Tom Flores isn’t on the ballot for the Pro Football Hall of Fame Class of 2018.
Maybe he should be.
In our Talk of Fame Network poll last week, we asked our listeners and readers who will be the next coach enshrined in Canton? There are two coaches included among the 27 semifinalists for the Class of 2018, Don Coryell and Jimmy Johnson, but the voters skipped right over their candidacies and gave Flores the overwhelming nod.
Flores, who coached the Raiders to two Super Bowl championships, received 91 percent of the vote to easily outdistance Coryell, who received four percent support, and Johnson at two percent.
Predictably, the three Talk of Fame Network hosts were split with their votes. Ron Borges and Clark Judge cast their ballots for Flores, and Rick Gosselin for Jimmy Johnson.
Flores coached 12 seasons with the Raiders and Seahawks, winning two Super Bowls with the Raiders. He won 52.7 percent of his career starts (97-87-0), taking his teams to the playoffs five times and winning two division titles. He’s the first person in NFL history to win Super Bowl rings as a player, assistant coach and head coach.
“Tom Flores was not only a two-time Super Bowl-winning head coach,” Borges said, “but the first Hispanic NFL head coach and the first Hispanic starting quarterback in NFL history. That qualifies him as both a coach and a NFL historical icon.”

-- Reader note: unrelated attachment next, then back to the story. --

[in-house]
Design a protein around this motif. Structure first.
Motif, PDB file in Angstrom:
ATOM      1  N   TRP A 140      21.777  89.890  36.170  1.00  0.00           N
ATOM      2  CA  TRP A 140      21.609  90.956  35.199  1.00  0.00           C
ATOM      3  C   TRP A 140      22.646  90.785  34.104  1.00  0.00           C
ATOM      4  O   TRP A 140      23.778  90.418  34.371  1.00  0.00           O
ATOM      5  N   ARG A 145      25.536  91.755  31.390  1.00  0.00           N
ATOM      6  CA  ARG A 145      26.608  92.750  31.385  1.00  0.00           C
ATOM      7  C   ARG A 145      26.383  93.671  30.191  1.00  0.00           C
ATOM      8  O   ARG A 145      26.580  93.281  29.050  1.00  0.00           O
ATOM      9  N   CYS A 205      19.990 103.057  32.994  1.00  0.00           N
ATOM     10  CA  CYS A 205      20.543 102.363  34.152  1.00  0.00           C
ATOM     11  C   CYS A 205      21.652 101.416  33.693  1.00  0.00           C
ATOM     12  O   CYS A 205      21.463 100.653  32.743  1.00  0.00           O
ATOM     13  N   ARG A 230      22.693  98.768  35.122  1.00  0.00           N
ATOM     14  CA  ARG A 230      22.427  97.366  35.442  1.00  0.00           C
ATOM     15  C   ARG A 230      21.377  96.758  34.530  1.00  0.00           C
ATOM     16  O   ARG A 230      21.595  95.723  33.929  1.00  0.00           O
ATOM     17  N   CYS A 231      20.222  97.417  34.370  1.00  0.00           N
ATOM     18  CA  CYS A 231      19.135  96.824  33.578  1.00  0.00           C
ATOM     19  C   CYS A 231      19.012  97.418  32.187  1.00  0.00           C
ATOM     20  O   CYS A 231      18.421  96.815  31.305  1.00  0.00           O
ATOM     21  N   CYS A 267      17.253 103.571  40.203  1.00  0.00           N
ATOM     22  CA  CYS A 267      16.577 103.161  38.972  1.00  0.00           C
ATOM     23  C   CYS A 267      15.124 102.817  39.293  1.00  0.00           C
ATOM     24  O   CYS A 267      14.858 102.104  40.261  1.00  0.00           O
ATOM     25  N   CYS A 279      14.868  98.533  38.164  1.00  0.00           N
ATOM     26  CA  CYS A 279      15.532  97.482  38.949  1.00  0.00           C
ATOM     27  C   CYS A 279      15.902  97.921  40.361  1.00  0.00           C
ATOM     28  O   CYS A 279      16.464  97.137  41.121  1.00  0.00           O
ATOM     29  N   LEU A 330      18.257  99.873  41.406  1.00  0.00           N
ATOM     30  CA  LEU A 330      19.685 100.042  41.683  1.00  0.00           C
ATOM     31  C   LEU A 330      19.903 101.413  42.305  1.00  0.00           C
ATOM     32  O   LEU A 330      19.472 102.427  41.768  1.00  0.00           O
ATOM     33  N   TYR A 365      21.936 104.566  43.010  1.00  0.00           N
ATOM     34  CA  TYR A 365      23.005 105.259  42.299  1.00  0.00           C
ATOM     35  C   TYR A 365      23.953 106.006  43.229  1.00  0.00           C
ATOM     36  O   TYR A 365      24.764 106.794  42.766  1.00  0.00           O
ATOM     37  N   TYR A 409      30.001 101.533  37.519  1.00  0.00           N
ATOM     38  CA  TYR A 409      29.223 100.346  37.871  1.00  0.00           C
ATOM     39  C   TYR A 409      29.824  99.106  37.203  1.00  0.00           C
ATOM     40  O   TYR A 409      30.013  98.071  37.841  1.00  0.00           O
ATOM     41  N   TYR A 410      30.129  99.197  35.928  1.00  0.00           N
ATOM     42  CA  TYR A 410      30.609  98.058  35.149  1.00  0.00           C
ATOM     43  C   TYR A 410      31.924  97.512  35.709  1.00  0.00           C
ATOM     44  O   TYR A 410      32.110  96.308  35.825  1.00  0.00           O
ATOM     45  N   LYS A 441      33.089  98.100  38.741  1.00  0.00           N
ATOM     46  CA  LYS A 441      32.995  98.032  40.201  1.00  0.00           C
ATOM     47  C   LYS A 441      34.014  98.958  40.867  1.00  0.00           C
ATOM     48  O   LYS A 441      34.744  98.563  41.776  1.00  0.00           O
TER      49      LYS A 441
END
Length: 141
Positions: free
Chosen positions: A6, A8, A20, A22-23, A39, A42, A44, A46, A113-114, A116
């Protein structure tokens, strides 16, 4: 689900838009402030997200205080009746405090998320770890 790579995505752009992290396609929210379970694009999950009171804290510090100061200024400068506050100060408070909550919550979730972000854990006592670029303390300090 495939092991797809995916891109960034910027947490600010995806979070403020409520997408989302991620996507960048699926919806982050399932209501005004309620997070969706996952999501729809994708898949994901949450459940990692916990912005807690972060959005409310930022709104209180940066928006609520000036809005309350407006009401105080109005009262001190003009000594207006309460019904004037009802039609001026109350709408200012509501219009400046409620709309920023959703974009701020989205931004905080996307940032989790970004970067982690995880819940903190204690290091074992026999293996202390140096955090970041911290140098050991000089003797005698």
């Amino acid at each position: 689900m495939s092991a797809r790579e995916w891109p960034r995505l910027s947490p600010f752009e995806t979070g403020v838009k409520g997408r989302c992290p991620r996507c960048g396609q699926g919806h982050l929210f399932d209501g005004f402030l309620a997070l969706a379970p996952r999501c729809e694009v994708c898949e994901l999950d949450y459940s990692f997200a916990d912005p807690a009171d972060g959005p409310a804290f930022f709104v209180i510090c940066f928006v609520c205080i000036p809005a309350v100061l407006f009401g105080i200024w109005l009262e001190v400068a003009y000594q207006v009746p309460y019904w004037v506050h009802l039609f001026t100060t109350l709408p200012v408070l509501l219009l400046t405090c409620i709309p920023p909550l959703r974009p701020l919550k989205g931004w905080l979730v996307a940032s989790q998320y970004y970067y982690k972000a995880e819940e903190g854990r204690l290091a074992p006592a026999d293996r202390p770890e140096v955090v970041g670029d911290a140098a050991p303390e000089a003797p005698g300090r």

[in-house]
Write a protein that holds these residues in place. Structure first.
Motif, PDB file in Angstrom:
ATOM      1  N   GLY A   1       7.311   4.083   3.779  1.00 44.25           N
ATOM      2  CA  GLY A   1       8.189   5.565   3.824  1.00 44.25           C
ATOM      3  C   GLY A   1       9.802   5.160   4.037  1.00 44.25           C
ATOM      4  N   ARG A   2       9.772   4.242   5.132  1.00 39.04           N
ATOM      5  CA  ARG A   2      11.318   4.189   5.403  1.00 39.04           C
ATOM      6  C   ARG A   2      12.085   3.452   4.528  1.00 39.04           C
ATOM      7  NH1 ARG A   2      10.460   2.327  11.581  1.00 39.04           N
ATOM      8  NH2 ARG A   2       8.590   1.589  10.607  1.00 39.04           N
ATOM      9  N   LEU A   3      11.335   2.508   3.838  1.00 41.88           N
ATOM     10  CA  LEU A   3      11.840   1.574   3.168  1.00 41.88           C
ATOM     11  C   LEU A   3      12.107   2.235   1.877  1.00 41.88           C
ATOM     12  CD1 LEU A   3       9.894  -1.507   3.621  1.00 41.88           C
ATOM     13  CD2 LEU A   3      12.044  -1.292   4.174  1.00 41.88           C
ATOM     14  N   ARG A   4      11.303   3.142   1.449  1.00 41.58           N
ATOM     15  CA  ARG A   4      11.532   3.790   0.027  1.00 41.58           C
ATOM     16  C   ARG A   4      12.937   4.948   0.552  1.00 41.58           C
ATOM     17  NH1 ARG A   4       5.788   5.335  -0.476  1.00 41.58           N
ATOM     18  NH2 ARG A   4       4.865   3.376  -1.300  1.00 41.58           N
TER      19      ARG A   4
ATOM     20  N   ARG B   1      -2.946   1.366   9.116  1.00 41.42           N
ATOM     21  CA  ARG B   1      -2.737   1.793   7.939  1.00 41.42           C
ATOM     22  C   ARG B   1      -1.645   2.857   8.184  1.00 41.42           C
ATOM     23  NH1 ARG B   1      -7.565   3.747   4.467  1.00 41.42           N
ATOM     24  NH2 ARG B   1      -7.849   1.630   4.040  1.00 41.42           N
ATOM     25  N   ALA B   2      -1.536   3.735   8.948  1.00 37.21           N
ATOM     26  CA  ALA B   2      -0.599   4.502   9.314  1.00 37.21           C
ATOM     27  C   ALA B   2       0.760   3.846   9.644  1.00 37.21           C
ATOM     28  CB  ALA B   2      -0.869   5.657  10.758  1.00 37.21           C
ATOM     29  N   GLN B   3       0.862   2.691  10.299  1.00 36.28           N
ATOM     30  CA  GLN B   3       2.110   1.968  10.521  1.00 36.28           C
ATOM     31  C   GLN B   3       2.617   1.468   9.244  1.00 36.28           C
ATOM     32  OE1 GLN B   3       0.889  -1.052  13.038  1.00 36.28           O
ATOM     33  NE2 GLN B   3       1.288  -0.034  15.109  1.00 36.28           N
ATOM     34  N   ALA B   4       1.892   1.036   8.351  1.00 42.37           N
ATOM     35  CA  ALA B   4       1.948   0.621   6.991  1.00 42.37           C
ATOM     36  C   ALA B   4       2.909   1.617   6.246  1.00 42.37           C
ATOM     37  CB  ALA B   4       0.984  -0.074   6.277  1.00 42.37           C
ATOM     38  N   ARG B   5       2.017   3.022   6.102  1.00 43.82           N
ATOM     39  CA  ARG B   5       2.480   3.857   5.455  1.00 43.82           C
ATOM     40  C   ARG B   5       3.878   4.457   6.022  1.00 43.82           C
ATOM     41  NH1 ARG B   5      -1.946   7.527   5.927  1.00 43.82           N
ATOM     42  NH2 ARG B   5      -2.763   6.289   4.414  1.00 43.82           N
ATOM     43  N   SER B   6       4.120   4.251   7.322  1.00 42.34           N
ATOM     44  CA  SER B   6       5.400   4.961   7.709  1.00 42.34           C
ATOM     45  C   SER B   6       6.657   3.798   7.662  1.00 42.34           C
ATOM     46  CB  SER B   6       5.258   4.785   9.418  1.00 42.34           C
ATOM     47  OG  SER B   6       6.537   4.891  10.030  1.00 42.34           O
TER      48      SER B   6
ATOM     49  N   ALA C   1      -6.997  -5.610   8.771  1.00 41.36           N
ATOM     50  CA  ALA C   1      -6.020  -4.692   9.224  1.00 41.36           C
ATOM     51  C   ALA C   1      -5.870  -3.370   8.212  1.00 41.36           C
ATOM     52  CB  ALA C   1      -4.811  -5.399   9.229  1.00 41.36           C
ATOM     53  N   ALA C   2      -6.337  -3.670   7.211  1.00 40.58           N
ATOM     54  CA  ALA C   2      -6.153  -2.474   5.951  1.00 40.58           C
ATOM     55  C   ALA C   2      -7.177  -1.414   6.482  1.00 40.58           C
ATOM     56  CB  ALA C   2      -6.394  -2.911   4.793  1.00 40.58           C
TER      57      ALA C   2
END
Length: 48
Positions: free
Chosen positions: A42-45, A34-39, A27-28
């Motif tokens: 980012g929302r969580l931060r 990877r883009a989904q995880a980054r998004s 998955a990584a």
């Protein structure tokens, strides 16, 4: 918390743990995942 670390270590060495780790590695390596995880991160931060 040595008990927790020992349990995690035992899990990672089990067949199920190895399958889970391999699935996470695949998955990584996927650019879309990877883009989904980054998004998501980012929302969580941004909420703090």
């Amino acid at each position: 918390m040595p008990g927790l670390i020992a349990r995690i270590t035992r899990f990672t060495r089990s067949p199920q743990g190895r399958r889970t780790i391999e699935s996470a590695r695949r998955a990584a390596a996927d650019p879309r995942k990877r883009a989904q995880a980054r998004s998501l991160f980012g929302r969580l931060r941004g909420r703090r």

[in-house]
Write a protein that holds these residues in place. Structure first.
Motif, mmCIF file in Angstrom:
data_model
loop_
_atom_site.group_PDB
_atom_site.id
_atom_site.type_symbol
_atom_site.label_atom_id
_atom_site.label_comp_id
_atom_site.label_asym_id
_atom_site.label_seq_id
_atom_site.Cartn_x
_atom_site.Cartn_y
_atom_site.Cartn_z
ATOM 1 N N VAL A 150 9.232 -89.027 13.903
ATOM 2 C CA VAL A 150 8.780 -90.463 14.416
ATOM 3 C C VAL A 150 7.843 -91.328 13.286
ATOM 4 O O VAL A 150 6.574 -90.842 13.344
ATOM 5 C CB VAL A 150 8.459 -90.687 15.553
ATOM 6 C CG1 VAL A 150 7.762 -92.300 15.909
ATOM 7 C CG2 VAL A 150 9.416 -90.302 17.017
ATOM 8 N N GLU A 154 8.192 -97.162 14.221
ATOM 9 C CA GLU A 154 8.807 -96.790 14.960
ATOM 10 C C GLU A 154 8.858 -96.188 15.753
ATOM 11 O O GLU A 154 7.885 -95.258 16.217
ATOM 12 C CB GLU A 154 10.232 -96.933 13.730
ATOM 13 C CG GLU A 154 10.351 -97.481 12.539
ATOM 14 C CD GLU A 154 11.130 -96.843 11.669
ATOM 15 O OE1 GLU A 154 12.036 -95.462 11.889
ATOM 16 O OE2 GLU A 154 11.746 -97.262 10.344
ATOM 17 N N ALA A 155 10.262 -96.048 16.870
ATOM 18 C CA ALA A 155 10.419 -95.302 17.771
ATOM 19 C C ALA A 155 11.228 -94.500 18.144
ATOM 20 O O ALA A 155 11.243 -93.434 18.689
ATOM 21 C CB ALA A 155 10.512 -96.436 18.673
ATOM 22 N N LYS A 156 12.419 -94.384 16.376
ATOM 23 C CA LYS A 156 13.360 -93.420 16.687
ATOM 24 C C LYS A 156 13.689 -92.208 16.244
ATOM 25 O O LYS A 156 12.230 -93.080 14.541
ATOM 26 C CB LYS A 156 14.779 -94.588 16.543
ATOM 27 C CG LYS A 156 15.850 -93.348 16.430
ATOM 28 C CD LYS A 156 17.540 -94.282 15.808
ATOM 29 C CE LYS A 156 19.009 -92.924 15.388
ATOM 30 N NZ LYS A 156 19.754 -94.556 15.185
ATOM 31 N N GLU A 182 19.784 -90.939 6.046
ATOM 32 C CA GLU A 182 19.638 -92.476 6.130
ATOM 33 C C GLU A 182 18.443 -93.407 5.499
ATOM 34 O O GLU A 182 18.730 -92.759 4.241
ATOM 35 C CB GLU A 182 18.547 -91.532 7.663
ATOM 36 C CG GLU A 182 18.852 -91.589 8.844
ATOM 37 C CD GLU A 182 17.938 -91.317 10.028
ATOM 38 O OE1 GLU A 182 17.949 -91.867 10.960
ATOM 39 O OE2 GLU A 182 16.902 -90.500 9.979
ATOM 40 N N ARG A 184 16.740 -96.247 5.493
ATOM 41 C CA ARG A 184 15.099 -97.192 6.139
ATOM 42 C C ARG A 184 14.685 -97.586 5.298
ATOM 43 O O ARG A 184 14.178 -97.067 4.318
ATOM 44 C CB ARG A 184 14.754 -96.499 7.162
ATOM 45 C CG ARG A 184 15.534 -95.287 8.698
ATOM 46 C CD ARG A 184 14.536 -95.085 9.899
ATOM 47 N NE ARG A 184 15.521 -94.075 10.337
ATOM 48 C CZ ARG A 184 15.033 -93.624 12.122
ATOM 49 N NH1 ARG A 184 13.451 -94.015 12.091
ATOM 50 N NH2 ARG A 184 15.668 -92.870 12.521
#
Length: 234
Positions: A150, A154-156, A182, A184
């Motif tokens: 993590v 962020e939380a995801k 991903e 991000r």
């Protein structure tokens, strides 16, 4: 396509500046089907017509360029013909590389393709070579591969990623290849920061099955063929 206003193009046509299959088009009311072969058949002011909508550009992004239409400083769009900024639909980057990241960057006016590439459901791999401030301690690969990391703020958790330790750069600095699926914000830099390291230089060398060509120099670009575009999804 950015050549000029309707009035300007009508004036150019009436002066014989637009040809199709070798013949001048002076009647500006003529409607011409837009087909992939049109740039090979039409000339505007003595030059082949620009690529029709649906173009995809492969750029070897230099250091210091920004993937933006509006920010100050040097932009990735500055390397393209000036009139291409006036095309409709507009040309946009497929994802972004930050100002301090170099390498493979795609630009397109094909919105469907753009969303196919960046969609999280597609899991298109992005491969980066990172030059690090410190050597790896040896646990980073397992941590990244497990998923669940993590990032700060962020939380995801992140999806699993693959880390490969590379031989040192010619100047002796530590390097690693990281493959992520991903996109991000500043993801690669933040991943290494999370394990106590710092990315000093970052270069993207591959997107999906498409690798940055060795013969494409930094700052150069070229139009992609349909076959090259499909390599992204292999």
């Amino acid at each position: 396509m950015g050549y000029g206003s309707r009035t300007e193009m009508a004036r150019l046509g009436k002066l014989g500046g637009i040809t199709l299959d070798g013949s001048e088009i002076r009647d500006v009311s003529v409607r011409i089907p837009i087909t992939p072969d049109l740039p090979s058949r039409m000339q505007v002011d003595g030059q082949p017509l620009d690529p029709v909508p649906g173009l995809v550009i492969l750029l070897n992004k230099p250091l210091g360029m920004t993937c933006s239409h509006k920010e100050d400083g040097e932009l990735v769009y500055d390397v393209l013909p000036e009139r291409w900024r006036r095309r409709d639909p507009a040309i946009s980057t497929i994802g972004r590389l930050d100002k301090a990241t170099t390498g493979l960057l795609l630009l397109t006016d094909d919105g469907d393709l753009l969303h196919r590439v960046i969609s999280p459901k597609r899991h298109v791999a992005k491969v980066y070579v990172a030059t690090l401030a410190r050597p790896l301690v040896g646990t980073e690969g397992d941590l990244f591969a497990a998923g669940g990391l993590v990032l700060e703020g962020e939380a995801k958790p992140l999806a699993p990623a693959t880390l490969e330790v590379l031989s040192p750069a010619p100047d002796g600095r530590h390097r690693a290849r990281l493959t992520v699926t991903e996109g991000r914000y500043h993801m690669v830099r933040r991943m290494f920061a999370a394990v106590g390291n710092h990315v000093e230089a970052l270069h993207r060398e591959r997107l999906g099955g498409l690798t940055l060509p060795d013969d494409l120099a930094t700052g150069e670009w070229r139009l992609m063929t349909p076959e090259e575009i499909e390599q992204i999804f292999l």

Judge also cited the historic context.
“In addition to his two Super Bowls, Flores was a social pioneer, the first Hispanic-American coach to win an NFL championship,” Judge said. “That should count for something.”
Johnson also won two Super Bowls with the Cowboys and built the NFL’s team of the decade with shrewd drafting and trading. Johnson engineered that deals that sent Herschel Walker away for six premium draft picks and also brought Hall of Fame pass rusher Charles Haley from San Francisco, effectively shifting the NFL’s balance of power away from the West Coast. Johnson also drafted Hall of Famers Troy Aikman and Emmitt Smith.
“Jimmy built champions in college at Miami,” Gosselin said, “and built champions in the NFL at Dallas. He hand-picked the talent and then maximized it from the sideline as head coach.”
Coryell coached 14 seasons with the Cardinals and Chargers, taking San Diego to two AFC title games. He won 57.2 percent of his career starts (111-83-1), taking his teams to the playoffs six times and winning five division titles. He’s the father of the Air Coryell offense that led the NFL in passing five consecutive seasons (1979-83) at San Diego.